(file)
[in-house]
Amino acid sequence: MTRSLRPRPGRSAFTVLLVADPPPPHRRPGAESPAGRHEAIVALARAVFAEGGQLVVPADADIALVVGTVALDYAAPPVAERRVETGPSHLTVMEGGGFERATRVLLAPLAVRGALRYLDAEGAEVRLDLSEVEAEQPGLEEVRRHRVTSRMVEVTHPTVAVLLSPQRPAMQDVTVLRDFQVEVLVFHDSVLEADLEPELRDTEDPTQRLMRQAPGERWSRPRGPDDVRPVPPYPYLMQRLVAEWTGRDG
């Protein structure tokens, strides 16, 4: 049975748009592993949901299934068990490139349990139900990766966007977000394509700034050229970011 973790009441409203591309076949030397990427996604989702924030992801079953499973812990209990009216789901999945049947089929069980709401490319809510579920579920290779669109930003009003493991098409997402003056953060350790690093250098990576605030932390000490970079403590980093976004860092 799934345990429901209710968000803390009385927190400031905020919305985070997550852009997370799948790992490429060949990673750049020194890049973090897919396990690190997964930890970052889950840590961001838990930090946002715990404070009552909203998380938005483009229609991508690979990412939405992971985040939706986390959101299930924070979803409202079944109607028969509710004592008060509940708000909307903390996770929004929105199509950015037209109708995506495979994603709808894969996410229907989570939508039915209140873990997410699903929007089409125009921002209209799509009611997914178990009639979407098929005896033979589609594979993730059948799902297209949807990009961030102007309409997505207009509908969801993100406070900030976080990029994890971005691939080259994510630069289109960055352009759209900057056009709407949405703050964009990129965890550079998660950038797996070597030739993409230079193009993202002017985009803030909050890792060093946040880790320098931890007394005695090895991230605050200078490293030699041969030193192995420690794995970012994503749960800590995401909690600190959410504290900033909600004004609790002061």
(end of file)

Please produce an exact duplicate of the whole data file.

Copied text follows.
[in-house]
Amino acid sequence: MTRSLRPRPGRSAFTVLLVADPPPPHRRPGAESPAGRHEAIVALARAVFAEGGQLVVPADADIALVVGTVALDYAAPPVAERRVETGPSHLTVMEGGGFERATRVLLAPLAVRGALRYLDAEGAEVRLDLSEVEAEQPGLEEVRRHRVTSRMVEVTHPTVAVLLSPQRPAMQDVTVLRDFQVEVLVFHDSVLEADLEPELRDTEDPTQRLMRQAPGERWSRPRGPDDVRPVPPYPYLMQRLVAEWTGRDG
């Protein structure tokens, strides 16, 4: 049975748009592993949901299934068990490139349990139900990766966007977000394509700034050229970011 973790009441409203591309076949030397990427996604989702924030992801079953499973812990209990009216789901999945049947089929069980709401490319809510579920579920290779669109930003009003493991098409997402003056953060350790690093250098990576605030932390000490970079403590980093976004860092 799934345990429901209710968000803390009385927190400031905020919305985070997550852009997370799948790992490429060949990673750049020194890049973090897919396990690190997964930890970052889950840590961001838990930090946002715990404070009552909203998380938005483009229609991508690979990412939405992971985040939706986390959101299930924070979803409202079944109607028969509710004592008060509940708000909307903390996770929004929105199509950015037209109708995506495979994603709808894969996410229907989570939508039915209140873990997410699903929007089409125009921002209209799509009611997914178990009639979407098929005896033979589609594979993730059948799902297209949807990009961030102007309409997505207009509908969801993100406070900030976080990029994890971005691939080259994510630069289109960055352009759209900057056009709407949405703050964009990129965890550079998660950038797996070597030739993409230079193009993202002017985009803030909050890792060093946040880790320098931890007394005695090895991230605050200078490293030699041969030193192995420690794995970012994503749960800590995401909690600190959410504290900033909600004004609790002061």